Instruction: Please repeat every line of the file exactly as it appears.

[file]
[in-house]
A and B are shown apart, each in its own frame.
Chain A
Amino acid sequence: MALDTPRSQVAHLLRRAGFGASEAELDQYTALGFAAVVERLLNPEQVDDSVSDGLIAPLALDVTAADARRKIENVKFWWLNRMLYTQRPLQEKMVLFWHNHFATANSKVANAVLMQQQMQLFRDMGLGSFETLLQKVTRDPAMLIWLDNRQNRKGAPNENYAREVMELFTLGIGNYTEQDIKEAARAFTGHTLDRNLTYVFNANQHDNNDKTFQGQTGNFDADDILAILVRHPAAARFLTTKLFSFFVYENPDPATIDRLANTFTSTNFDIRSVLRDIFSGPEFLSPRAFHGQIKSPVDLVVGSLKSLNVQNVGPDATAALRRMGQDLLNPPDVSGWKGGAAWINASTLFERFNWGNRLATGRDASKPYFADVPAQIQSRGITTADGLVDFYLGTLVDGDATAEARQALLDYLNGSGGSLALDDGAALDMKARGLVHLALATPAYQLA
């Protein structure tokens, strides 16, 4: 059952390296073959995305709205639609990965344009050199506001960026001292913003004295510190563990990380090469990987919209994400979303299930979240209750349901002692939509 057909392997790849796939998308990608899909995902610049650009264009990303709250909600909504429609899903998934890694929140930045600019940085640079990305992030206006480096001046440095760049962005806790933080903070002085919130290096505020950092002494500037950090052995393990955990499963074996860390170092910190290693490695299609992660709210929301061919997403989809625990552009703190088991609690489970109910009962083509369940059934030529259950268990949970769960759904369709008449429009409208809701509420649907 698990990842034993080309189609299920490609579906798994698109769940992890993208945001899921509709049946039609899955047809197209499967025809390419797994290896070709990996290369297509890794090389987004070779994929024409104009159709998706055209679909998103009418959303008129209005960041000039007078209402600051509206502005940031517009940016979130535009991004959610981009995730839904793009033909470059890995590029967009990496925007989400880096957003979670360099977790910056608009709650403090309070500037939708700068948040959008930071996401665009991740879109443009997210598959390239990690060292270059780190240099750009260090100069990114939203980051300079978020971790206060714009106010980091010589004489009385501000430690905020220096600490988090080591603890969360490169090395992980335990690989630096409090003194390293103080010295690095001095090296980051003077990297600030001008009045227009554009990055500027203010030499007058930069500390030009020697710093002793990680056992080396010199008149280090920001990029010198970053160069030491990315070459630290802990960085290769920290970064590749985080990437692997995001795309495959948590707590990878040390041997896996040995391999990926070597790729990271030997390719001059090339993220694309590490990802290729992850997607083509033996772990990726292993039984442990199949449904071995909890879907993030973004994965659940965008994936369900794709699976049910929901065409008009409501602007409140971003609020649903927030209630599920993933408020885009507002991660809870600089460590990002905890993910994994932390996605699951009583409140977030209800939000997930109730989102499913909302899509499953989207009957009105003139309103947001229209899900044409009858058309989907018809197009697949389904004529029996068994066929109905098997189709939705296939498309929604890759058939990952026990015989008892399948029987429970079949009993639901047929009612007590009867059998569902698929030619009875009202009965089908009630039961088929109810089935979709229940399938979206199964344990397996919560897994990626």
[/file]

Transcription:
[in-house]
A and B are shown apart, each in its own frame.
Chain A
Amino acid sequence: MALDTPRSQVAHLLRRAGFGASEAELDQYTALGFAAVVERLLNPEQVDDSVSDGLIAPLALDVTAADARRKIENVKFWWLNRMLYTQRPLQEKMVLFWHNHFATANSKVANAVLMQQQMQLFRDMGLGSFETLLQKVTRDPAMLIWLDNRQNRKGAPNENYAREVMELFTLGIGNYTEQDIKEAARAFTGHTLDRNLTYVFNANQHDNNDKTFQGQTGNFDADDILAILVRHPAAARFLTTKLFSFFVYENPDPATIDRLANTFTSTNFDIRSVLRDIFSGPEFLSPRAFHGQIKSPVDLVVGSLKSLNVQNVGPDATAALRRMGQDLLNPPDVSGWKGGAAWINASTLFERFNWGNRLATGRDASKPYFADVPAQIQSRGITTADGLVDFYLGTLVDGDATAEARQALLDYLNGSGGSLALDDGAALDMKARGLVHLALATPAYQLA
């Protein structure tokens, strides 16, 4: 059952390296073959995305709205639609990965344009050199506001960026001292913003004295510190563990990380090469990987919209994400979303299930979240209750349901002692939509 057909392997790849796939998308990608899909995902610049650009264009990303709250909600909504429609899903998934890694929140930045600019940085640079990305992030206006480096001046440095760049962005806790933080903070002085919130290096505020950092002494500037950090052995393990955990499963074996860390170092910190290693490695299609992660709210929301061919997403989809625990552009703190088991609690489970109910009962083509369940059934030529259950268990949970769960759904369709008449429009409208809701509420649907 698990990842034993080309189609299920490609579906798994698109769940992890993208945001899921509709049946039609899955047809197209499967025809390419797994290896070709990996290369297509890794090389987004070779994929024409104009159709998706055209679909998103009418959303008129209005960041000039007078209402600051509206502005940031517009940016979130535009991004959610981009995730839904793009033909470059890995590029967009990496925007989400880096957003979670360099977790910056608009709650403090309070500037939708700068948040959008930071996401665009991740879109443009997210598959390239990690060292270059780190240099750009260090100069990114939203980051300079978020971790206060714009106010980091010589004489009385501000430690905020220096600490988090080591603890969360490169090395992980335990690989630096409090003194390293103080010295690095001095090296980051003077990297600030001008009045227009554009990055500027203010030499007058930069500390030009020697710093002793990680056992080396010199008149280090920001990029010198970053160069030491990315070459630290802990960085290769920290970064590749985080990437692997995001795309495959948590707590990878040390041997896996040995391999990926070597790729990271030997390719001059090339993220694309590490990802290729992850997607083509033996772990990726292993039984442990199949449904071995909890879907993030973004994965659940965008994936369900794709699976049910929901065409008009409501602007409140971003609020649903927030209630599920993933408020885009507002991660809870600089460590990002905890993910994994932390996605699951009583409140977030209800939000997930109730989102499913909302899509499953989207009957009105003139309103947001229209899900044409009858058309989907018809197009697949389904004529029996068994066929109905098997189709939705296939498309929604890759058939990952026990015989008892399948029987429970079949009993639901047929009612007590009867059998569902698929030619009875009202009965089908009630039961088929109810089935979709229940399938979206199964344990397996919560897994990626």